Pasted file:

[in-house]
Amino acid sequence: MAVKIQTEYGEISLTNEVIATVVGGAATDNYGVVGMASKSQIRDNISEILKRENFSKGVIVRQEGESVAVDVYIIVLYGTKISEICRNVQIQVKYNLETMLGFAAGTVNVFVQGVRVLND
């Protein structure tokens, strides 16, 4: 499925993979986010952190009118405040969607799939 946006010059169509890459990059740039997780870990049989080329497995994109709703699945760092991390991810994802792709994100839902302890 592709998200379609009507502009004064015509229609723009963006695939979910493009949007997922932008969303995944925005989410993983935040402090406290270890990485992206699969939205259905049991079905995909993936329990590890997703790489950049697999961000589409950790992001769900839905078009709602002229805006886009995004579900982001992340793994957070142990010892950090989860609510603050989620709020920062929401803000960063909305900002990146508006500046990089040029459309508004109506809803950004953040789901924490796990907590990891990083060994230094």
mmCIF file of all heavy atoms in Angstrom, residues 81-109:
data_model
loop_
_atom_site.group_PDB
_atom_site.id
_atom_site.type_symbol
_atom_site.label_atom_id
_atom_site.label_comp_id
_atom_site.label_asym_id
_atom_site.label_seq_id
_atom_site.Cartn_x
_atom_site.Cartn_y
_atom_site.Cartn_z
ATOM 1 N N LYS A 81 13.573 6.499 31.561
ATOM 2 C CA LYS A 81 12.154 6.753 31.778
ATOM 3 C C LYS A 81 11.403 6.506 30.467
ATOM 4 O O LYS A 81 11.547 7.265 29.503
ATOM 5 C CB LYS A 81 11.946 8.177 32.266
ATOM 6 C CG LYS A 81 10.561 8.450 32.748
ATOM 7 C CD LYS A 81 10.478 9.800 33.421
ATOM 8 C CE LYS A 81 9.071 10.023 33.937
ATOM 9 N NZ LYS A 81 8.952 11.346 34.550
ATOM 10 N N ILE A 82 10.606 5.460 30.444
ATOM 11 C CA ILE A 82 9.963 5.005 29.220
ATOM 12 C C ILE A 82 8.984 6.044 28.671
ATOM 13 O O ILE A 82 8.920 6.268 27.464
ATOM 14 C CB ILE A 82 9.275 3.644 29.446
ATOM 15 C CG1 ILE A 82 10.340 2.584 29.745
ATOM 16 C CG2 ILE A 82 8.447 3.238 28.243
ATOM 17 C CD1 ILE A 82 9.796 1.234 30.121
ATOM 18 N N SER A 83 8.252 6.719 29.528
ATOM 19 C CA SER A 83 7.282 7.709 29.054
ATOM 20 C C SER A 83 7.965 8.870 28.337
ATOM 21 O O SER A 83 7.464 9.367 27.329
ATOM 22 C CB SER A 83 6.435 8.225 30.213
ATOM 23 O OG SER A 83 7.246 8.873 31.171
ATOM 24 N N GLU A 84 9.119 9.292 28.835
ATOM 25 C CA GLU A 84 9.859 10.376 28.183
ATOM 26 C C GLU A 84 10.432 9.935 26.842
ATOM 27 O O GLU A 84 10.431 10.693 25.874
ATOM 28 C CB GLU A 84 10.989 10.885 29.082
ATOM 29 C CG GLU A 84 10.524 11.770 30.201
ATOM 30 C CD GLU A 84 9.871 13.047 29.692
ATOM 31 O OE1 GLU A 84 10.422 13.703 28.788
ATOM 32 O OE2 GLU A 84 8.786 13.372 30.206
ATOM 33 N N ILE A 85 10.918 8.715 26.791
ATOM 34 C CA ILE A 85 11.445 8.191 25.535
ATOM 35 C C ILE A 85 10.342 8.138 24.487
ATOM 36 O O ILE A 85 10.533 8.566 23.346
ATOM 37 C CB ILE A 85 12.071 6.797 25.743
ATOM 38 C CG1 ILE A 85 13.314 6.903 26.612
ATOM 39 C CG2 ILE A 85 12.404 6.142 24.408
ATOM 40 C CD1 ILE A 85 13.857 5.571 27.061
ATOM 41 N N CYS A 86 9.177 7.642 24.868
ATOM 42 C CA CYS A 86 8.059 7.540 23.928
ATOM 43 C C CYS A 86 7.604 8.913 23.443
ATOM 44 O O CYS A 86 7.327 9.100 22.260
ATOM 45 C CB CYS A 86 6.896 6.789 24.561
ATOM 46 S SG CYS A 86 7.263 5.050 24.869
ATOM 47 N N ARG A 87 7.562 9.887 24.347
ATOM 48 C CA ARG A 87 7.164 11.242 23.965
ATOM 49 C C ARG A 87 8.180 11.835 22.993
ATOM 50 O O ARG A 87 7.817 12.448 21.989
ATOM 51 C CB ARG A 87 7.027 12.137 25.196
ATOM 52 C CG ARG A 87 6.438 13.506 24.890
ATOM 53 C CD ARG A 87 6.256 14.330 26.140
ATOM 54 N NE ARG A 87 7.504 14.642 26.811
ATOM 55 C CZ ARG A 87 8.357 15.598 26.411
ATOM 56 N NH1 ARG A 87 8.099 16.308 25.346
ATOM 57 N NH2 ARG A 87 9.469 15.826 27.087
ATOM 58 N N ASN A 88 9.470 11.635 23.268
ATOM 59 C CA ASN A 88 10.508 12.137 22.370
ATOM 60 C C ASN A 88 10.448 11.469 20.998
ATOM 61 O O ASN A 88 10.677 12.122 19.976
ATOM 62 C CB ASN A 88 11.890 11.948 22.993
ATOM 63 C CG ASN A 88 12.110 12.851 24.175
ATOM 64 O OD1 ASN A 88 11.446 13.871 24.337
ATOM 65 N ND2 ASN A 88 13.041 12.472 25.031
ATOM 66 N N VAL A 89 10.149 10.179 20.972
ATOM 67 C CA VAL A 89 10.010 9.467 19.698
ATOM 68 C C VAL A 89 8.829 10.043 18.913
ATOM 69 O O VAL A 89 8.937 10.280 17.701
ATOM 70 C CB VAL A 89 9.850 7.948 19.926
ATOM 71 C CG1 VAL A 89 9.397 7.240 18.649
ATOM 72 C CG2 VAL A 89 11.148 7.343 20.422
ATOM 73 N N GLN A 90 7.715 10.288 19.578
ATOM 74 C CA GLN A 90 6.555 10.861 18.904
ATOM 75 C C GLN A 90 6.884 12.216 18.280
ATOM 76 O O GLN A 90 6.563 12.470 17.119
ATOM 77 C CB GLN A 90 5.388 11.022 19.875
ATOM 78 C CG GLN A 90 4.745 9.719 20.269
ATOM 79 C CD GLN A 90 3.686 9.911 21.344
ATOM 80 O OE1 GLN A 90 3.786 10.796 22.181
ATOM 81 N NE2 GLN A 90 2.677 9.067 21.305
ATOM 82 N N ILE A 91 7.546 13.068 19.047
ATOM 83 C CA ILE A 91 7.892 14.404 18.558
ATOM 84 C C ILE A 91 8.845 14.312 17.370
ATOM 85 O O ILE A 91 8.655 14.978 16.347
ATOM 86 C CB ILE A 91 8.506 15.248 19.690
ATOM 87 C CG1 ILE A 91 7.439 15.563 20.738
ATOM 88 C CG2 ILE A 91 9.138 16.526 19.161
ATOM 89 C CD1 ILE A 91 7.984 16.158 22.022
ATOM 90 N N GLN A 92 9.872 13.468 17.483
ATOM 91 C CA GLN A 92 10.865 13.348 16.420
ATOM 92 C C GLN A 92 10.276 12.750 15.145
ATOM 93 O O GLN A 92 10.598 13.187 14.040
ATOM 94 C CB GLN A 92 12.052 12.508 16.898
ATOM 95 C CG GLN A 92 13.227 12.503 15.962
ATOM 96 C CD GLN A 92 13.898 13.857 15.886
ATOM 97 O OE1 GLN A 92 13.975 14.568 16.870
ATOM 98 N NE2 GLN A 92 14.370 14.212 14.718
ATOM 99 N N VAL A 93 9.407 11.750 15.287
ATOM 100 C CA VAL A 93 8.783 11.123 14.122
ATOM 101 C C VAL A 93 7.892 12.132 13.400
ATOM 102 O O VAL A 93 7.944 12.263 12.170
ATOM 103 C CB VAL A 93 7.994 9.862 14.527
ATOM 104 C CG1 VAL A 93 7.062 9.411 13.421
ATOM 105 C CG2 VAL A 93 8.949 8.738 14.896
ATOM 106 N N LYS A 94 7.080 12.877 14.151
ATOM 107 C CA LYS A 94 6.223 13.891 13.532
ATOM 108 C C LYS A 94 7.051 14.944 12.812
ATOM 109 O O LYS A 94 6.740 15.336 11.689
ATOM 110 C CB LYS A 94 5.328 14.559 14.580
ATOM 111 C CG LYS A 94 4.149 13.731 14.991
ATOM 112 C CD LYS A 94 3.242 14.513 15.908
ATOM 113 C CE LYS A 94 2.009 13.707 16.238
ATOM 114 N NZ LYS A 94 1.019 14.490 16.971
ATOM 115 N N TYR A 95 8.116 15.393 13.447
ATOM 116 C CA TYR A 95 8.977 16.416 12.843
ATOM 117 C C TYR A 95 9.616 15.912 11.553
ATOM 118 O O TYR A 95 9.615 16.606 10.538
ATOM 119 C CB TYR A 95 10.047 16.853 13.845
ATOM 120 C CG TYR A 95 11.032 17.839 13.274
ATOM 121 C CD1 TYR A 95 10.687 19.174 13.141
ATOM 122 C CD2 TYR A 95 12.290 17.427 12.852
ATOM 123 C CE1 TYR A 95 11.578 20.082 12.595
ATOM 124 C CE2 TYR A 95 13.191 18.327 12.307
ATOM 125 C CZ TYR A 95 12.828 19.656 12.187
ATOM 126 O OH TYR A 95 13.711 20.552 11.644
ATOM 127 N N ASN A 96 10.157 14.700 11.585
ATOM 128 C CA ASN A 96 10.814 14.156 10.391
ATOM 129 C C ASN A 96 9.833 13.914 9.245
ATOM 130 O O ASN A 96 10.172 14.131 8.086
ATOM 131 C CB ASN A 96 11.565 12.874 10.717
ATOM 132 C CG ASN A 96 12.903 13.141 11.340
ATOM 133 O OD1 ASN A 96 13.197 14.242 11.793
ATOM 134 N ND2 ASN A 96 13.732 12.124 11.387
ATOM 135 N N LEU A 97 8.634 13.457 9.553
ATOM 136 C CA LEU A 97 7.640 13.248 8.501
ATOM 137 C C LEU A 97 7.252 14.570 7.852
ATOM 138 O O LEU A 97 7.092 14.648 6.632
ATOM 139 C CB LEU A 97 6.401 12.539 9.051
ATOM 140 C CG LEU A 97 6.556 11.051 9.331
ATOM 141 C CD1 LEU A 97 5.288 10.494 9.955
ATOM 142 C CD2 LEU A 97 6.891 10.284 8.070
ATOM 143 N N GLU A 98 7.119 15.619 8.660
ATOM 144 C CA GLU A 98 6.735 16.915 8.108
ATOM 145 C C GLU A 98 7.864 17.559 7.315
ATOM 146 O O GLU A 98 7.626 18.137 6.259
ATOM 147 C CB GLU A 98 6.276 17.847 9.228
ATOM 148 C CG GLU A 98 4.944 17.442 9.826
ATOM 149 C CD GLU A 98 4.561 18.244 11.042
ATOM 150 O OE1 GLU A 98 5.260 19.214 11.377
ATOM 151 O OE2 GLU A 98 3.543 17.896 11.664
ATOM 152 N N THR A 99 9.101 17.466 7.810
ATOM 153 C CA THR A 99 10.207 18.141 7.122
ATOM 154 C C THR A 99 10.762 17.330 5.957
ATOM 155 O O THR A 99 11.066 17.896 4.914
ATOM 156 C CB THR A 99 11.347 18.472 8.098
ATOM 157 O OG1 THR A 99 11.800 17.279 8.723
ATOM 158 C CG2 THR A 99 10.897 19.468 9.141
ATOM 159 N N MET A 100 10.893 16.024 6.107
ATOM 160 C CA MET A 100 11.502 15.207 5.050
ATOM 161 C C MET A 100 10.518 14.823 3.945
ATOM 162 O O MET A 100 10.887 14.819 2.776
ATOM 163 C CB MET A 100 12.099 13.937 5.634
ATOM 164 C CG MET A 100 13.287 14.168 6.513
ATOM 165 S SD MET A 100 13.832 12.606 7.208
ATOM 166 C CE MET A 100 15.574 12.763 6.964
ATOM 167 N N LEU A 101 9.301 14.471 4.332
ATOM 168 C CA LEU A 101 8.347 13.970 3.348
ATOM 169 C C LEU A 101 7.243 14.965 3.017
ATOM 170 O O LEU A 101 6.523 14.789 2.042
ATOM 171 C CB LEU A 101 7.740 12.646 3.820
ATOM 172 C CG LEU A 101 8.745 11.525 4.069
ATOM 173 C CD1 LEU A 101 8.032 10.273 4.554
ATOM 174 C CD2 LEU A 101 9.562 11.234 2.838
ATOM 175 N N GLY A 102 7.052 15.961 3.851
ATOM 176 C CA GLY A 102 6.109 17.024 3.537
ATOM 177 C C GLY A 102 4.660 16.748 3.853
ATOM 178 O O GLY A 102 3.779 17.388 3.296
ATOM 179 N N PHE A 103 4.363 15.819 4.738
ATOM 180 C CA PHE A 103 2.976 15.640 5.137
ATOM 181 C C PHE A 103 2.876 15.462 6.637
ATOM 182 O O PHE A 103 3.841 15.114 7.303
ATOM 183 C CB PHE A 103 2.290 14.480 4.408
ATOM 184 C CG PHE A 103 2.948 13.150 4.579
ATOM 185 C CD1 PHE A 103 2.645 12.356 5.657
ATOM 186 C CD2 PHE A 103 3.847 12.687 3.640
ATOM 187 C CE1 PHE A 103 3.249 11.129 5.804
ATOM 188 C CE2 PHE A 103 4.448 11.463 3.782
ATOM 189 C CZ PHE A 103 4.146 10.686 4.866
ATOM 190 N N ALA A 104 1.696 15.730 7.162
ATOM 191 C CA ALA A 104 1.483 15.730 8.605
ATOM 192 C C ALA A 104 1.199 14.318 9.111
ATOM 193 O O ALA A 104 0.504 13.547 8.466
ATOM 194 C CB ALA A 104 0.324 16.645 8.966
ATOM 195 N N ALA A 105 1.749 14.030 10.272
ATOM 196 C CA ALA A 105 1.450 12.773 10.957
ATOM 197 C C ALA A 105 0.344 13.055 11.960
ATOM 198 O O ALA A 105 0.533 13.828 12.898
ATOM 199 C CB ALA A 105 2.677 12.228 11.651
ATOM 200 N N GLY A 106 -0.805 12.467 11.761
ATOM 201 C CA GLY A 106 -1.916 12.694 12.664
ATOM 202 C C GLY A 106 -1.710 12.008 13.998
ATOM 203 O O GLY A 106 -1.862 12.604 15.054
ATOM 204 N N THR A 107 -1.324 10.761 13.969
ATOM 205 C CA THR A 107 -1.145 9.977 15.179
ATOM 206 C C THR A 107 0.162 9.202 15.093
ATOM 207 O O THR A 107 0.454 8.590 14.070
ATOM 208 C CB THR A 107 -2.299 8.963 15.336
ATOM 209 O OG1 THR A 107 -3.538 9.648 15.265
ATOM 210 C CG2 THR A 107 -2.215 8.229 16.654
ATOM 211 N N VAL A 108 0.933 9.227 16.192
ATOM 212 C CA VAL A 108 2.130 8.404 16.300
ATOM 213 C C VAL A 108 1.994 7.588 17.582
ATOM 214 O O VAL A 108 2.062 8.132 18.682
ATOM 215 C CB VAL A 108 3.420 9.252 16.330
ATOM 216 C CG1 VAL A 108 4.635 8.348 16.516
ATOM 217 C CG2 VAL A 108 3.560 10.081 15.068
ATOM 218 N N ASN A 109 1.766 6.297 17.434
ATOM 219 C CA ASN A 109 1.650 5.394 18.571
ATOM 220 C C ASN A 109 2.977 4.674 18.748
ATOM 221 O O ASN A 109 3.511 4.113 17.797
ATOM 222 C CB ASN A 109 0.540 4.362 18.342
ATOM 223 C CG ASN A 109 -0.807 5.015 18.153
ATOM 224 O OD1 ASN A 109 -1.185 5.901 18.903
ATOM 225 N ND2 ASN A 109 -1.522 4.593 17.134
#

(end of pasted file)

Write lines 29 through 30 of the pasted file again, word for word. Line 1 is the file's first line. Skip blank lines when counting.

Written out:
ATOM 13 O O ILE A 82 8.920 6.268 27.464
ATOM 14 C CB ILE A 82 9.275 3.644 29.446